Eddie Dennis glad he swapped chalkboard for chokeslams before coronavirus crisis

Eddie Dennis has been wrestling full-time since 2016.
Eddie Dennis has been wrestling full-time since 2016.
14:31pm, Tue 15 Sep 2020
CBAD8A00-D2B9-4E0E-ADDF-D0366C357A34 Created with sketchtool. E9A4AA46-7DC3-48B8-9CE2-D75274FB8967 Created with sketchtool. 65CCAE04-4748-4D0F-8696-A91D8EB3E7DC Created with sketchtool.

Former head teacher turned professional wrestler Eddie Dennis is full of sympathy for those in schools trying to educate while dealing with the coronavirus pandemic.

Swansea-born Dennis, 34, worked as a maths teacher before becoming a headmaster as he wrestled in his spare time.

In 2016 he left the world of education to go full-time in the wrestling business and is now one of the most well-known names in NXT:UK – the British arm of World Wrestling Entertainment (WWE).

The Covid outbreak saw wrestling shows cancelled across the world but NXT:UK will return on Thursday on the WWE Network and for the first time on BT Sport.


But, while Dennis admits it has been difficult to spend so long away, he said he feels more for the teachers he knows will have had to work extremely hard during a difficult time.

“All I can do is to sympathise with my colleagues who went through it because I cannot imagine how difficult the whole time was for the teaching community,” he told the PA news agency.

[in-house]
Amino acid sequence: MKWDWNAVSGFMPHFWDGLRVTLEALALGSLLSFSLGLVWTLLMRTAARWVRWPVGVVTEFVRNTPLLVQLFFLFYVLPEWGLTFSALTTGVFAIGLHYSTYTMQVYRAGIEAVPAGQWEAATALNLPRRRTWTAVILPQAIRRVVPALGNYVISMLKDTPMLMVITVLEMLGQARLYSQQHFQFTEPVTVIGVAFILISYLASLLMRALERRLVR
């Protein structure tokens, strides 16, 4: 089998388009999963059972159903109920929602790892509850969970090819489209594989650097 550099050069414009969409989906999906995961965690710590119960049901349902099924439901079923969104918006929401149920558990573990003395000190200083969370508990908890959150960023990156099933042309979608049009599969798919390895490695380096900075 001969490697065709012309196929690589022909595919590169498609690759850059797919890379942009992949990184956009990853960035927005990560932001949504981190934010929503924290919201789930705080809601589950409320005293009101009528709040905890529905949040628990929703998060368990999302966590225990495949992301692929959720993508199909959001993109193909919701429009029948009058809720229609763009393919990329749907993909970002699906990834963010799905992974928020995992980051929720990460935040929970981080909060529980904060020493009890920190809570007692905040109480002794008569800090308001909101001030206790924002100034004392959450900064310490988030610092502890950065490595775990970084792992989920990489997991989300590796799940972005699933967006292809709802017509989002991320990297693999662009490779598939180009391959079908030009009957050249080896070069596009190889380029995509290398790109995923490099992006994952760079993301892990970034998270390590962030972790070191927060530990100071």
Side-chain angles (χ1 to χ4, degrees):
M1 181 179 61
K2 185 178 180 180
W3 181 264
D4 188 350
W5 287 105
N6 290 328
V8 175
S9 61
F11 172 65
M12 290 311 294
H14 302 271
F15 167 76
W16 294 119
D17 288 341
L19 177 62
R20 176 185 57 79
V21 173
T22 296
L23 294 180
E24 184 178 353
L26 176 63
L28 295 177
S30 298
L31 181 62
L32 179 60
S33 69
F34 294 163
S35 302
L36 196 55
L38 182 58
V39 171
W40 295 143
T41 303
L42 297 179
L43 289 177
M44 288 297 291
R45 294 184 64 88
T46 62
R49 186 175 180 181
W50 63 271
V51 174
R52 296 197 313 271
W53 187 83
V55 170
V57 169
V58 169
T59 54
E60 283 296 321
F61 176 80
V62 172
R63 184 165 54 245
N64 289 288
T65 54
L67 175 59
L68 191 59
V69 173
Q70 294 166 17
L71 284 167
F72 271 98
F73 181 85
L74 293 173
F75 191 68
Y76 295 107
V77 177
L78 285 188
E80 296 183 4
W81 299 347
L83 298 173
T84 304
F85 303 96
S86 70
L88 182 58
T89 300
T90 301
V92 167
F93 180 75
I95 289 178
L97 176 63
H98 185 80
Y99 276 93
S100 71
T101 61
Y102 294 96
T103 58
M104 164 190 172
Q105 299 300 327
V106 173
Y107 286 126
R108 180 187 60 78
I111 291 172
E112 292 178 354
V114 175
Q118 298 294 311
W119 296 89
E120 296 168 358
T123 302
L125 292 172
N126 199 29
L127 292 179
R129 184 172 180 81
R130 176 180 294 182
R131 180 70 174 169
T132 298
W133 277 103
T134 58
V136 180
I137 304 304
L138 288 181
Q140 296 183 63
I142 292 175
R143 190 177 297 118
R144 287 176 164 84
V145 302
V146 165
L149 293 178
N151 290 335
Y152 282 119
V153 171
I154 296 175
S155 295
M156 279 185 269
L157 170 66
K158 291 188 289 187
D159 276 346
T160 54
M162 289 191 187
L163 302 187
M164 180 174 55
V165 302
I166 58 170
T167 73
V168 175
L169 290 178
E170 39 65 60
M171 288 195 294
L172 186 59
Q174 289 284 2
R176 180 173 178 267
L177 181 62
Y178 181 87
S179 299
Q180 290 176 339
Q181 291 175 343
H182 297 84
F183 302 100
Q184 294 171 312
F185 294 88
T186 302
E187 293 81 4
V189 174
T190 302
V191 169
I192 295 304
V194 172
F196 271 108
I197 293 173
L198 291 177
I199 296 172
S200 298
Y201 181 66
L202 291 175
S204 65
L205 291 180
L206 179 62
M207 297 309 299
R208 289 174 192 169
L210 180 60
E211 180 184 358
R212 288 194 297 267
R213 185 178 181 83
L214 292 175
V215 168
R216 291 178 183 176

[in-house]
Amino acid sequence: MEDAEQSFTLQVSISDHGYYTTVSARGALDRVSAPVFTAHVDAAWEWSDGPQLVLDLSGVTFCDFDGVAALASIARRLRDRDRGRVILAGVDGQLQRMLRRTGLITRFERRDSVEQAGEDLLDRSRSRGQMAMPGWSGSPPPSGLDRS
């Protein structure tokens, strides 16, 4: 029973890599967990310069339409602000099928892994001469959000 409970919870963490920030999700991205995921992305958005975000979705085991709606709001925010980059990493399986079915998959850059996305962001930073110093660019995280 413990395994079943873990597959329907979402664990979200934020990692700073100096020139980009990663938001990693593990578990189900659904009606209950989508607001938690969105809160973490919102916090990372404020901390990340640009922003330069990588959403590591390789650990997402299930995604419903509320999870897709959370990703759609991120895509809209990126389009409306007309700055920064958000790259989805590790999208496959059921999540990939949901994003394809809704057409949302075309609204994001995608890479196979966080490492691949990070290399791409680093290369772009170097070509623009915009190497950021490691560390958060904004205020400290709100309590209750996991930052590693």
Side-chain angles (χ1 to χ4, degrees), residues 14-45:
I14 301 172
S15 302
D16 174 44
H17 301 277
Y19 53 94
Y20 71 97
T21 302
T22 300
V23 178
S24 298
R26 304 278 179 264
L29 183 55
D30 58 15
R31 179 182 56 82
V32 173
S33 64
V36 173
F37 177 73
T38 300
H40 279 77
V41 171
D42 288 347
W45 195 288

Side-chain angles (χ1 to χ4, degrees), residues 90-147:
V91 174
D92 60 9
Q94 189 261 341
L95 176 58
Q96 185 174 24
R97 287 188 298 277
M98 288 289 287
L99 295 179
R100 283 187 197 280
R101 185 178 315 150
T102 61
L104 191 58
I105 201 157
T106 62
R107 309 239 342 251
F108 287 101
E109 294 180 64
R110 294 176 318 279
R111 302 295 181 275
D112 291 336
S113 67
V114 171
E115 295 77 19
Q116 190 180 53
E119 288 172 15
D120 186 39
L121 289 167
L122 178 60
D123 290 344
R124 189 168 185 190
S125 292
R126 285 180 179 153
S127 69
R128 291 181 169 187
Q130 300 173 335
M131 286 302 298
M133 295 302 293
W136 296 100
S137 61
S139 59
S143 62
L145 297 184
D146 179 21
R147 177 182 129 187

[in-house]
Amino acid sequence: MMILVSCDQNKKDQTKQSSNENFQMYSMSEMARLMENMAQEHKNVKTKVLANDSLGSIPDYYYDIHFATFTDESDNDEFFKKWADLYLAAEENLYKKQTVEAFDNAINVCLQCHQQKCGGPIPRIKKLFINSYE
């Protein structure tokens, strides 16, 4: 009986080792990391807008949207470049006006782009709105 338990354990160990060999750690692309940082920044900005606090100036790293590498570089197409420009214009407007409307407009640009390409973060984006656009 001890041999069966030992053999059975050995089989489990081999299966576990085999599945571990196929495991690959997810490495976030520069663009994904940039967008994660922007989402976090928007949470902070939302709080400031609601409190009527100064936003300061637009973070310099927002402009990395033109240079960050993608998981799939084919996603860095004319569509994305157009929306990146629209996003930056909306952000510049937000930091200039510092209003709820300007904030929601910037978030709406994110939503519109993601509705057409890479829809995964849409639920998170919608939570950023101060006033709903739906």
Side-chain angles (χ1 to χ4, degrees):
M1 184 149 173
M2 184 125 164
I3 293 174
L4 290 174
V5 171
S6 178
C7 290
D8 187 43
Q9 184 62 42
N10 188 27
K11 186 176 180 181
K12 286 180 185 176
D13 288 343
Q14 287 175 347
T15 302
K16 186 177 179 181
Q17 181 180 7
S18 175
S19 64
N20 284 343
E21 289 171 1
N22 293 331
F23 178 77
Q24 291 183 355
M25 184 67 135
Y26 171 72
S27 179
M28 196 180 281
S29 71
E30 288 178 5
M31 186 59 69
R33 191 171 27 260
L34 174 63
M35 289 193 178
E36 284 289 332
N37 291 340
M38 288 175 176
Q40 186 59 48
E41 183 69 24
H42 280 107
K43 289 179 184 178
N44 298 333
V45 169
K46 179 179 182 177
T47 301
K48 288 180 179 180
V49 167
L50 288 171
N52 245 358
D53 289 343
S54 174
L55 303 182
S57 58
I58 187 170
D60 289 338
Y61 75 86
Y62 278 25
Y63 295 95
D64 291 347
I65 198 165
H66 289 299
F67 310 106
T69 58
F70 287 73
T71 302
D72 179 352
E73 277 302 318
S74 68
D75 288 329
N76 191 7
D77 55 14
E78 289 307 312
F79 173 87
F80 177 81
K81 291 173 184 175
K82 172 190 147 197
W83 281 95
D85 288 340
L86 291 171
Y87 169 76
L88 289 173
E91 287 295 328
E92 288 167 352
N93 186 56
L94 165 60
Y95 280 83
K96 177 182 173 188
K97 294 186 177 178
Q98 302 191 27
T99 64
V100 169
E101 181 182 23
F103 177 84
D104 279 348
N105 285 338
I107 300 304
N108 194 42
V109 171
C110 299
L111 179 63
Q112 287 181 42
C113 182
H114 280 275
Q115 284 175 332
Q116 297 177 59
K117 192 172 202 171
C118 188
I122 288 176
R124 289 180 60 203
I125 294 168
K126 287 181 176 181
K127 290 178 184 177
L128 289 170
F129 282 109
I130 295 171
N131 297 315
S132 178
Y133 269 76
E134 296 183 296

“I was reading on the news about how people had a newfound respect for teachers – as a head teacher, the level of autonomy that head teachers have been given to try and navigate safely returning the children to education is mind-melting, I do not envy any one of them.

“Selfishly, I am glad to have got out of the occupation when I did, because this is the kind of thing that would have driven me out of it otherwise.”

During the enforced postponed of wrestling shows, there were reports that WWE may look to dissolve NXT:UK to keep down costs.

Instead, they have planned a comeback and will now operate from a purpose-built studio based at the BT Sport headquarters in Stratford.

“When all you read on the news and when you’re watching television is about furloughs and redundancies – I couldn’t lie and stand here and say that it didn’t go through my head,” Dennis replied when asked if talk of NXT:UK closing had crossed his mind.

“But in all honesty, the organisation have never, ever given us any kind of indication that that would be the case.

Former head teacher Dennis will be part of the NXT:UK roster when it returns to TV this week.

“They’re an American organisation that have put out content for a worldwide audience for, I don’t know 20 or 30 years now – we’re the first time that they looked for regional content.

“This is the first time they’ve ever done anything like this and with a globalisation strategy for an organisation, for NXT:UK to be successful I would imagine is absolutely key in being able to replicate this system in different markets.

“I want to ride this wave, as far as it can go. So I want us to be a prominent fixture on BT Sport I want it to be that it’s something that people tune in to weekend we got to watch our products – a legitimate fourth brand of the company if you like and I’m riding that wave of being an integral part of that roster and that team.”

:: Watch the relaunch of NXT:UK this Thursday at 8pm on the award-winning WWE Network.

Sign up to our newsletter